Custom Tags


Custom tags are the user defined tags which helps in separating the business logic from the presentation of the web page.

Advantages of Custom Tags

  1. It eliminates the need of scriptlet tag.
  2. Separation of business logic from JSP.
  3. Re-usability.


A custom tag can either be an empty tag (without body) or a body tag (with body).

Syntax for Empty Custom Tag:

    <prefix:customTagName attr1=”attrName” attr2=”attrName2” ... />


Syntax for Custom body tag:

    <prefix:customTagName attr1=”attrName” attr2=”attrName2” ... >


Body of custom tag

    <prefix:customTagName>


Creating a Custom Tag


To create a custom tag, we need the following components:

  1. A Tag Handler class which should extend SimpleTagSupport class.
  2. A Tag Library Descriptor (TLD) file to define tags.
  3. A JSP file to use the custom tag defined in the TLD file.


1. Tag Handler Class


In our tag handler class, we are extending the SimpleTagSupport class and overriding its doTag() method.

We also need to use the object of JspWriter class to write data for the jsp file.

The getJspContext() method returns the current JsoContext object.

MyTagHandler.java

    package com.tutorialsduniya;
    import javax.servlet.jsp.tagext.*;
    import javax.servlet.jsp.*;
    import java.io.*;
    import java.util.*;
    public class MyTagHandler extends SimpleTagSupport 
    {
        public void doTag() throws JspException, IOException 
        {
            JspWriter out = getJspContext().getOut();
            try
            {
                out.print("Date : ");
                out.print(Calendar.getInstance().get(Calendar.DAY_OF_MONTH)+"/");
                out.print(Calendar.getInstance().get(Calendar.MONTH)+"/");
                out.print(Calendar.getInstance().get(Calendar.YEAR)+"<br/>");
                out.print("Time : ");
                out.print(Calendar.getInstance().get(Calendar.HOUR_OF_DAY)+"hr-");
                out.print(Calendar.getInstance().get(Calendar.MINUTE)+"min-");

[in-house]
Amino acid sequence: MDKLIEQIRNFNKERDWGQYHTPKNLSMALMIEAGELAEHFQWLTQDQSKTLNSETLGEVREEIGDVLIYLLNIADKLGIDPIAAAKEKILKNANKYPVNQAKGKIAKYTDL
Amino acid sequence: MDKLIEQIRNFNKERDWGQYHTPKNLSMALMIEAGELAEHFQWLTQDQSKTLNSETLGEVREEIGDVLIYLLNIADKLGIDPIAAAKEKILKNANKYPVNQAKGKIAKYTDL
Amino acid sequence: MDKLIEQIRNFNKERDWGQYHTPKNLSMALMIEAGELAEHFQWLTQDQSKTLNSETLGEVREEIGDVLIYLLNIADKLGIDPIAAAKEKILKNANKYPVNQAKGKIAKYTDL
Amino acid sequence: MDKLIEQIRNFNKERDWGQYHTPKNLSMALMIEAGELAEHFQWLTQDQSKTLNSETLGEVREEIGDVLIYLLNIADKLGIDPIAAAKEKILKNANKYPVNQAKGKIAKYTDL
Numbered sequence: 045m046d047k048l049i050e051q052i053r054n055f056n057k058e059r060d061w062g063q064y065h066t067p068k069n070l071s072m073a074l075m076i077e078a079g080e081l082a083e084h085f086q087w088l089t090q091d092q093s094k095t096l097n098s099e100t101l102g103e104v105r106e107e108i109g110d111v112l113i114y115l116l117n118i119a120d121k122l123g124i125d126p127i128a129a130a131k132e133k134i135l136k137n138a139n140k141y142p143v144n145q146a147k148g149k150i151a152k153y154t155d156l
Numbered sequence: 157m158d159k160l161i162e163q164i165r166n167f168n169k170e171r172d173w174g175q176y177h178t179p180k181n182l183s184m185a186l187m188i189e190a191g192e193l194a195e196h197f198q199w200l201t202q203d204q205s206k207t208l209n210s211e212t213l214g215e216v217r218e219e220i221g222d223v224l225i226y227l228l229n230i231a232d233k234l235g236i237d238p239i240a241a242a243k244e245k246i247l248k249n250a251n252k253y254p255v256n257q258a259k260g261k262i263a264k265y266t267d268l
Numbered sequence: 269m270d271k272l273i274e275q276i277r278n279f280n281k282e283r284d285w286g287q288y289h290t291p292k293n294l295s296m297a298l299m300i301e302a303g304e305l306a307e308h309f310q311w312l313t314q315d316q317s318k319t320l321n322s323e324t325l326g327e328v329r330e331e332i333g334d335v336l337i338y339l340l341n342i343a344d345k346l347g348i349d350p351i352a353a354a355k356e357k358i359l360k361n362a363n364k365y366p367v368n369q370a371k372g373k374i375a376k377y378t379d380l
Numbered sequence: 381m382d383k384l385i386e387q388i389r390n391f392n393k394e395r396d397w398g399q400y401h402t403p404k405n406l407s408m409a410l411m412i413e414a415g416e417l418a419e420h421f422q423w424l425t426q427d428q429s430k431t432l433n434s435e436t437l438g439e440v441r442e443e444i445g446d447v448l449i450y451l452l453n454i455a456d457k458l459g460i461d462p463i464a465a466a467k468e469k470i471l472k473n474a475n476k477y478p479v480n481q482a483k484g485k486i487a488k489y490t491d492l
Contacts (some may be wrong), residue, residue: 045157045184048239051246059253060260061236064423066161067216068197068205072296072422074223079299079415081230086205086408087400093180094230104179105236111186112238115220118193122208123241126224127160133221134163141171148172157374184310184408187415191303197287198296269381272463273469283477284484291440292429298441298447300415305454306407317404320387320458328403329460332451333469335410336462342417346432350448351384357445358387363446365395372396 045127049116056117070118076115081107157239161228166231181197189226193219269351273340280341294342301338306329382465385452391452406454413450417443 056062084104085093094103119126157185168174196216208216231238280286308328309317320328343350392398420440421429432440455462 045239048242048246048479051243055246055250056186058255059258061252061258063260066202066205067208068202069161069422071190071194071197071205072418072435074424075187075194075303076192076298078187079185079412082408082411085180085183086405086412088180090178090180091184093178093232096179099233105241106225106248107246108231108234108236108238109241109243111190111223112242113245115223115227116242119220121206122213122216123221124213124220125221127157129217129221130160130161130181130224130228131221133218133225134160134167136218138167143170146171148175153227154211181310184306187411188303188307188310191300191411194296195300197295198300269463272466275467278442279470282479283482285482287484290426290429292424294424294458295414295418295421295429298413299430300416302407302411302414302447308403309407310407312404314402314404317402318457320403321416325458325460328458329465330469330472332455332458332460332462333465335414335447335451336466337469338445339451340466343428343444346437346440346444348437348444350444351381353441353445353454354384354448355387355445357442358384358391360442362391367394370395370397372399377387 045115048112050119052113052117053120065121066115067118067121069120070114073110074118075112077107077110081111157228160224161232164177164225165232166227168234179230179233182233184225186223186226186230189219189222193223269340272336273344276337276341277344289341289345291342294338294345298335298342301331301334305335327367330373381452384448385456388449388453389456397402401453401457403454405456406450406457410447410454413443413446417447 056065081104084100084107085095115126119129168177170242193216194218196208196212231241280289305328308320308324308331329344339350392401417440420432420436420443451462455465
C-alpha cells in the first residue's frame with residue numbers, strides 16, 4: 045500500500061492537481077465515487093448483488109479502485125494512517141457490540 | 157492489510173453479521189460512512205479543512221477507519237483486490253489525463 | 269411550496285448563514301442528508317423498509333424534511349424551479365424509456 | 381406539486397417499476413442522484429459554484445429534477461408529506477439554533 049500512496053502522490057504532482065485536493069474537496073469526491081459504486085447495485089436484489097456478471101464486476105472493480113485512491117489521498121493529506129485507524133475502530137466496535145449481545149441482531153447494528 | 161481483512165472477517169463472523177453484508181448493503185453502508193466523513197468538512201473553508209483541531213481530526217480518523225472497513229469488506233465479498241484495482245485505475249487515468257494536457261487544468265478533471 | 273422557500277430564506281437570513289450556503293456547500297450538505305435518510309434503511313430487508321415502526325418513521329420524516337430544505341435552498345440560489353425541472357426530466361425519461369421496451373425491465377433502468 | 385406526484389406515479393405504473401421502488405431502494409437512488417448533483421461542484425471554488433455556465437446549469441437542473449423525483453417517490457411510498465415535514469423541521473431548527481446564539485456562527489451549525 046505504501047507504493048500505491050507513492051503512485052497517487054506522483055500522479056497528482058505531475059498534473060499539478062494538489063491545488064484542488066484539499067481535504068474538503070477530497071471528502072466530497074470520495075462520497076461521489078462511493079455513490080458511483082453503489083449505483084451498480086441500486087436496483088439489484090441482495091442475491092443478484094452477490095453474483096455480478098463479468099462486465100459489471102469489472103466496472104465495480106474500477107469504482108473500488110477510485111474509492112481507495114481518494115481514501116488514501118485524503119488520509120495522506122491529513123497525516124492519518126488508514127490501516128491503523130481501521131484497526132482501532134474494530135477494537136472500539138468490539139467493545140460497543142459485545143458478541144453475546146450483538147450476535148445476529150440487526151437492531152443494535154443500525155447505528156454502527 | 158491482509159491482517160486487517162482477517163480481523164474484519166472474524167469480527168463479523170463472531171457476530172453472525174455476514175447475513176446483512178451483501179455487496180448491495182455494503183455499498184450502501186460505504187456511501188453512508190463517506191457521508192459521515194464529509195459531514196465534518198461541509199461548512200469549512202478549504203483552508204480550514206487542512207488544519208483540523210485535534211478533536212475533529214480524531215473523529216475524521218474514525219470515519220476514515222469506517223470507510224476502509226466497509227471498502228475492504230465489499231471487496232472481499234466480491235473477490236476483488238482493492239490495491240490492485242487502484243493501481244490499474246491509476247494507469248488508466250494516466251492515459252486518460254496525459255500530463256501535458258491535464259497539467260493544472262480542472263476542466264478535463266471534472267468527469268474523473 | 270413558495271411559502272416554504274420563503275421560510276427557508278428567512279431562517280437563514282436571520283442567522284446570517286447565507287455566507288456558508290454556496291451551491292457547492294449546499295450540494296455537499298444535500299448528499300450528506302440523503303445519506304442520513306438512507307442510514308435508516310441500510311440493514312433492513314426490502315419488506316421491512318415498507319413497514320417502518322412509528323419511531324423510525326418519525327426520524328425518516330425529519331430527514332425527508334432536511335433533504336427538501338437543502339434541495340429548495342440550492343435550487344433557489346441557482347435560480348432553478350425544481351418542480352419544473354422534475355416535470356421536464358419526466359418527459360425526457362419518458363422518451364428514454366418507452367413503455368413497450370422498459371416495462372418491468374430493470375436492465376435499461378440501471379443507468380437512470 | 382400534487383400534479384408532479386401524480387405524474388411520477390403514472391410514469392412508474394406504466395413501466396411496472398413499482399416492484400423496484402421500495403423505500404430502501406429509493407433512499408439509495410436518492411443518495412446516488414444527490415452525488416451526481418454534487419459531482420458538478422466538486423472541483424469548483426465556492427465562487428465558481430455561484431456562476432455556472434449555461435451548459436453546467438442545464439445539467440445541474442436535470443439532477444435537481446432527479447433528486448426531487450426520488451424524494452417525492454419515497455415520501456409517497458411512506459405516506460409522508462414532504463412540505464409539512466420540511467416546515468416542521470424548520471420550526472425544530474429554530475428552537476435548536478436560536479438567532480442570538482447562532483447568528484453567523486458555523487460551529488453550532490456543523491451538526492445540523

out.print(Calendar.getInstance().get(Calendar.SECOND)+"sec");
            }
            catch(Exception e)
            {
                System.out.println(e);
            }  
        }
    }



2. Tag Library Descriptor (TLD) file


A Tag Library Descriptor file is an XML file that contains the information of each tag and Tag Handler classes. TLD file is used by the web container to validate the tags.

A TLD file must have the .tld extension and must be packaged in the /WEB-INF/ directory.

MyCustomTag.tld

    <?xml version="1.0" encoding="UTF-8"?>
    <taglib version="2.1" xmlns="http://java.sun.com/xml/ns/javaee" xmlns:xsi="http://www.w3.org/2001/XMLSchema-instance" xsi:schemaLocation="http://java.sun.com/xml/ns/javaee http://java.sun.com/xml/ns/javaee/web-jsptaglibrary_2_1.xsd">
        <tlib-version>1.0</tlib-version>
        <short-name>Custom Tag</short-name>
        <uri>/WEB-INF/tlds/MyCustomTag</uri>
        <tag>
            <name>xyz</name>
            <tag-class>com.tutorialsduniya.MyTagHandler</tag-class>
            <body-content>empty</body-content>
        </tag>
    </taglib>


3. JSP file


Our jsp file uses the taglib directive to use the tags defined in our tld file using uri of tld file.

DateTime.jsp

    <%@page contentType="text/html" pageEncoding="UTF-8"%>
    <%@taglib prefix="x" uri="WEB-INF/tlds/MyTagHandler" %>
    <!DOCTYPE html>
    <html>
        <x:xyz></x:xyz>
    </html>